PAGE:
So, yes Zizek going to be a difficult read. But he’s worth it. He’ll help pastors deal with tons of crap. But he’s not for everybody. I suggest sticking to his compelling political/cultural work. I think Žižek’s theological ouvre takes too much work with very little pay off for the day to day Christian leader (Pete Rollins would disagree). But I admit to learning from Žižek’s theology, particularly his debates with Badiou (here) and John Milbank and Creston Davis (here and here). To me however this is not worth wading through. On the other hand his work with political /cultural theory, economic systems is golden. I’d start with this simple little book here.  Or just read me on this here. ;)

***

Another friend of mine, Drew Sumrall, also responded on his blog:

Of course Žižek is ‘really’ an atheist. Card-carrying. He doesn’t ‘believe’ (in the sense the gentleman does) because God himself doesn’t ‘believe’.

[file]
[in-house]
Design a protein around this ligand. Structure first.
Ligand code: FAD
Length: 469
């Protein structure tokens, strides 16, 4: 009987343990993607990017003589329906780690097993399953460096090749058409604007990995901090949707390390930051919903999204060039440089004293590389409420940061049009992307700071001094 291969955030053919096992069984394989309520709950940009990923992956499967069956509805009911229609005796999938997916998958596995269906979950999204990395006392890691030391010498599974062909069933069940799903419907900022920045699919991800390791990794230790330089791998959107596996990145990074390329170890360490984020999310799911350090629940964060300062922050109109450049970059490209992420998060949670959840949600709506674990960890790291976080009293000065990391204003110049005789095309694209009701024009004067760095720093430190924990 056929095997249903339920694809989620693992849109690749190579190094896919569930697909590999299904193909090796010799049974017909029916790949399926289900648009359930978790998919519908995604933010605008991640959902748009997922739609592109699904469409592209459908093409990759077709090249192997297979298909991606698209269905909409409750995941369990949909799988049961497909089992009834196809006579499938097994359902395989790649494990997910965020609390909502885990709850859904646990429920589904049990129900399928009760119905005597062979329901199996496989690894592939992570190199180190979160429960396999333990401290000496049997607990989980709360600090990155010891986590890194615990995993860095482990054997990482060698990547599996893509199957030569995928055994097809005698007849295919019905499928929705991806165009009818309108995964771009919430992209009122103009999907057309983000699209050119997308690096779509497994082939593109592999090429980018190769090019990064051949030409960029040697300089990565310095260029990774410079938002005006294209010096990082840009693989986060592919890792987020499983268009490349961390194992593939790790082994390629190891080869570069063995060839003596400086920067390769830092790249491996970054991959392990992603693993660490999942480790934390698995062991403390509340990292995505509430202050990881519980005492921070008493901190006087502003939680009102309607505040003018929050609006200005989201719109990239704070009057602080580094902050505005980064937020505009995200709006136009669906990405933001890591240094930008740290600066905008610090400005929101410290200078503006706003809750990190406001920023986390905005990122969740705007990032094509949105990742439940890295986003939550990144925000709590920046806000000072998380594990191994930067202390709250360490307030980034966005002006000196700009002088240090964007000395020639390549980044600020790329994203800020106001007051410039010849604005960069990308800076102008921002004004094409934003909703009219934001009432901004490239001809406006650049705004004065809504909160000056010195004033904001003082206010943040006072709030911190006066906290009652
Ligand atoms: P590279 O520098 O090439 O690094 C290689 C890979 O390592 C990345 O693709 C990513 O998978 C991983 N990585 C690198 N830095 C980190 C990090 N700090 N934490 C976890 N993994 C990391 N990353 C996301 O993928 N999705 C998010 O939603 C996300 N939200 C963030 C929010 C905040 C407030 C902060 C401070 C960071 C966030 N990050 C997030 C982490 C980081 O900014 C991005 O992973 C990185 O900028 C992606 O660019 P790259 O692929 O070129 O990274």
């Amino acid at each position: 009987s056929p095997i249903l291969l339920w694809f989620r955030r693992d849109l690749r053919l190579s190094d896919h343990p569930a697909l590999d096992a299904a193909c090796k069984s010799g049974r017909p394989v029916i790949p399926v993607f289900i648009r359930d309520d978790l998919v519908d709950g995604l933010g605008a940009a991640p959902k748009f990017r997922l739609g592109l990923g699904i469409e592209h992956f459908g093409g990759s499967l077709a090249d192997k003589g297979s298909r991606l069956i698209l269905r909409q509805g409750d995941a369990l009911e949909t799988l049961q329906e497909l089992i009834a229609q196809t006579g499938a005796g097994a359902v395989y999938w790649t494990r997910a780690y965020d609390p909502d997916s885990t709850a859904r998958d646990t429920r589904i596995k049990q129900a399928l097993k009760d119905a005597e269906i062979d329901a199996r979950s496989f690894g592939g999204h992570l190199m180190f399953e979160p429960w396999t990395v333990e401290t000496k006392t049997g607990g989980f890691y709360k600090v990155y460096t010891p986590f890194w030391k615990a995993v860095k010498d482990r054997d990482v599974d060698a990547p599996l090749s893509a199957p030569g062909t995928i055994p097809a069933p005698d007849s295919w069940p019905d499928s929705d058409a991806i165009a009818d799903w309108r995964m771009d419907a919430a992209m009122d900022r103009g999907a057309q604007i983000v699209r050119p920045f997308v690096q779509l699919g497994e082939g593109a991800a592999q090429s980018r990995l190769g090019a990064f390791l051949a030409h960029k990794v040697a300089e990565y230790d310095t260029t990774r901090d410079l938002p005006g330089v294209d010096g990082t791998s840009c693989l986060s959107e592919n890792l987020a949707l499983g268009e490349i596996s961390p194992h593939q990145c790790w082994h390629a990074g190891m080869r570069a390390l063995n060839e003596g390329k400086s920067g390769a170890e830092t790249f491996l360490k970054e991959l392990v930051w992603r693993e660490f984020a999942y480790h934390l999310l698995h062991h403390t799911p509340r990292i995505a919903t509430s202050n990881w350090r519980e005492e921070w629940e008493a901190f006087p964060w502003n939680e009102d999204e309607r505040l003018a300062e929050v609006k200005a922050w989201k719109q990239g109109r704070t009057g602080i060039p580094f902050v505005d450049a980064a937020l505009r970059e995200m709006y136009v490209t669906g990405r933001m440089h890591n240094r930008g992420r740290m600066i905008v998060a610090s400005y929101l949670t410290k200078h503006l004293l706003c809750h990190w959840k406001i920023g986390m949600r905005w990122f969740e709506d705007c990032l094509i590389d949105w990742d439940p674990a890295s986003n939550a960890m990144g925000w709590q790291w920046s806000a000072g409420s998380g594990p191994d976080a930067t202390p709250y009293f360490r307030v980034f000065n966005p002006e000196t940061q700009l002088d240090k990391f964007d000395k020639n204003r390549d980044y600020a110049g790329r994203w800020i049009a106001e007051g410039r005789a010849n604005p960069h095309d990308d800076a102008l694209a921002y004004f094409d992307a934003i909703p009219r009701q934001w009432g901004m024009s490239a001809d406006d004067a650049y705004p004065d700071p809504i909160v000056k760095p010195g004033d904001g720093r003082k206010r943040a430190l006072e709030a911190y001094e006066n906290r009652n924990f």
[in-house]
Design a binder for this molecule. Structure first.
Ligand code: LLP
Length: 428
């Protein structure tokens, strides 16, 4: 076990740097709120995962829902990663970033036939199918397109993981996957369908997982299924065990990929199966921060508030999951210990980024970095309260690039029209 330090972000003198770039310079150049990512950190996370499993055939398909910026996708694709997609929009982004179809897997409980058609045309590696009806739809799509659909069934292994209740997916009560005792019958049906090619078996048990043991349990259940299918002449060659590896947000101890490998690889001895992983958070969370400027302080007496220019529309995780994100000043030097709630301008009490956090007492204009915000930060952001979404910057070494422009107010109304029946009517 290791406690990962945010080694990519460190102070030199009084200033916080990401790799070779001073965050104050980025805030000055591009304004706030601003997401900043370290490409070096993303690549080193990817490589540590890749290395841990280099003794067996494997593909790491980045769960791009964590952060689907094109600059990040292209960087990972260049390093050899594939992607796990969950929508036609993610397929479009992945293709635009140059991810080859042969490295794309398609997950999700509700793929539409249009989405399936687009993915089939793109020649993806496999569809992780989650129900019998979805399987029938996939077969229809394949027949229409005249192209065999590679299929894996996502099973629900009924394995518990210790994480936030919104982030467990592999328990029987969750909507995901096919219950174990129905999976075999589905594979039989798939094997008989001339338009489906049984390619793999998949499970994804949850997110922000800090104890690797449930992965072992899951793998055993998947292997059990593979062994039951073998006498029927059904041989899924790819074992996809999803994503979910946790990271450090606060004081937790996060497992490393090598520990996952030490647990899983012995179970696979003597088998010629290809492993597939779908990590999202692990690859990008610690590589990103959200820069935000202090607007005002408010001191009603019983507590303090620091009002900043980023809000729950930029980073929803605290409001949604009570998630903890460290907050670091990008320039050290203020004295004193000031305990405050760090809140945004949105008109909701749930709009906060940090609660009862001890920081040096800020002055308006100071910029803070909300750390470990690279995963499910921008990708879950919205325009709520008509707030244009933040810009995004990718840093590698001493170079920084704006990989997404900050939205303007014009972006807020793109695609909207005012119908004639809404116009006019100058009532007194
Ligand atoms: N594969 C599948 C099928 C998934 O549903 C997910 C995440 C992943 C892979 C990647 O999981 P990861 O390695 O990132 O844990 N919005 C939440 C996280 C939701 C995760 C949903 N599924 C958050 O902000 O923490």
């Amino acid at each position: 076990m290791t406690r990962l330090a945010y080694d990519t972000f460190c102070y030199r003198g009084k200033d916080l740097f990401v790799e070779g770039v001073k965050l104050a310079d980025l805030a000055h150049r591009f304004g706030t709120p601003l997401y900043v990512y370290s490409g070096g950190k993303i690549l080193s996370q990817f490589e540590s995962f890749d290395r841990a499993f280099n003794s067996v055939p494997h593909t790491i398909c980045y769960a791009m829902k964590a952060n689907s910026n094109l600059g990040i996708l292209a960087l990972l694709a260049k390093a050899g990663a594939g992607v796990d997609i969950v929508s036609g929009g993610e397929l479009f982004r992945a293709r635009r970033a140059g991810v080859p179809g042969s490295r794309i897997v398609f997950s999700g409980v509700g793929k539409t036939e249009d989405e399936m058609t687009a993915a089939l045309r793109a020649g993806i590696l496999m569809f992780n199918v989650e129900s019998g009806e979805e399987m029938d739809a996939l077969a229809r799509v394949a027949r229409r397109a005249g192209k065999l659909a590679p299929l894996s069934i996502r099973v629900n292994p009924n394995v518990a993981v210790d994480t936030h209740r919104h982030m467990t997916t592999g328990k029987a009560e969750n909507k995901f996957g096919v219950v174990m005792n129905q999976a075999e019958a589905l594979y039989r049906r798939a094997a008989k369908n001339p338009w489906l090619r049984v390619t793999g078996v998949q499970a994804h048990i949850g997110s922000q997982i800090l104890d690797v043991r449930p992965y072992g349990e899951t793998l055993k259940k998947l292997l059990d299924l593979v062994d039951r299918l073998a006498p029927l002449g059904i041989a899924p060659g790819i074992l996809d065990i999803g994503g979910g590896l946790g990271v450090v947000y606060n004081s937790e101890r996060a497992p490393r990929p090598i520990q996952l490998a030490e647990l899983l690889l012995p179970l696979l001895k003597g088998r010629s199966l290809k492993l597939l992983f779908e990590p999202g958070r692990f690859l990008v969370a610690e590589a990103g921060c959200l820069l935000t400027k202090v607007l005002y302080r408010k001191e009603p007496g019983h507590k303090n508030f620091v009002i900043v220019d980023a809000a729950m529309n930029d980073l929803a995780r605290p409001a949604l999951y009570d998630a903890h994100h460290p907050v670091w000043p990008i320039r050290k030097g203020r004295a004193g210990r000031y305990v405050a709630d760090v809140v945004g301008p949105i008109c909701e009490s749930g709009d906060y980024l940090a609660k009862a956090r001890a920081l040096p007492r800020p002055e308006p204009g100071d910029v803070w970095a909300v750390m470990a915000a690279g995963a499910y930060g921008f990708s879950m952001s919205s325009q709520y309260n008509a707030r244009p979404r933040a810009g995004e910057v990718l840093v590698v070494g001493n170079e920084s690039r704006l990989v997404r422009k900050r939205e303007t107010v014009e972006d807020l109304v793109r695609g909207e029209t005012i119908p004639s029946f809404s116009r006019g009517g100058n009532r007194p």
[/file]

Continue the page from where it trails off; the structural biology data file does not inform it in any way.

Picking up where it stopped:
God dies when he dies this second time.
So the question is not: ‘did God ‘really’ die on Calvary’?—No, ‘he’ was always-already dead.
The point is: Christianity is the site where God proclaims his own non-existence.
  • http://nakedpastor.com/ nakedpastor

    I read Žižek because he wades through all my superfluous junk clogging my intellect and sets the axe at the very root of my illusions, fantasies and assumptions. I spend the time trying to understand him primarily for theological reasons. I consider him essential.

  • http://tracimsmith.wordpress.com/ Traci

    Does one have to know how to put those cool accent marks on the Zs to read this guy? If so, I’m out.

    • Jeff King

      All you have to do is copy+paste Žižek’s name from Wikipedia and the accents come ready-made! And we can just read the Wikipedia summaries of his work instead while we’re at it!

  • Craig

    I’d like to offer a challenge to Zizek readers. With clarity and precision, state the specific theses that, in your view, Zizek has convincingly argued.

    Or, if the Zizek’s value lies elsewhere, please try to explain.

    • Drew Sumrall

      Spirit is a bone.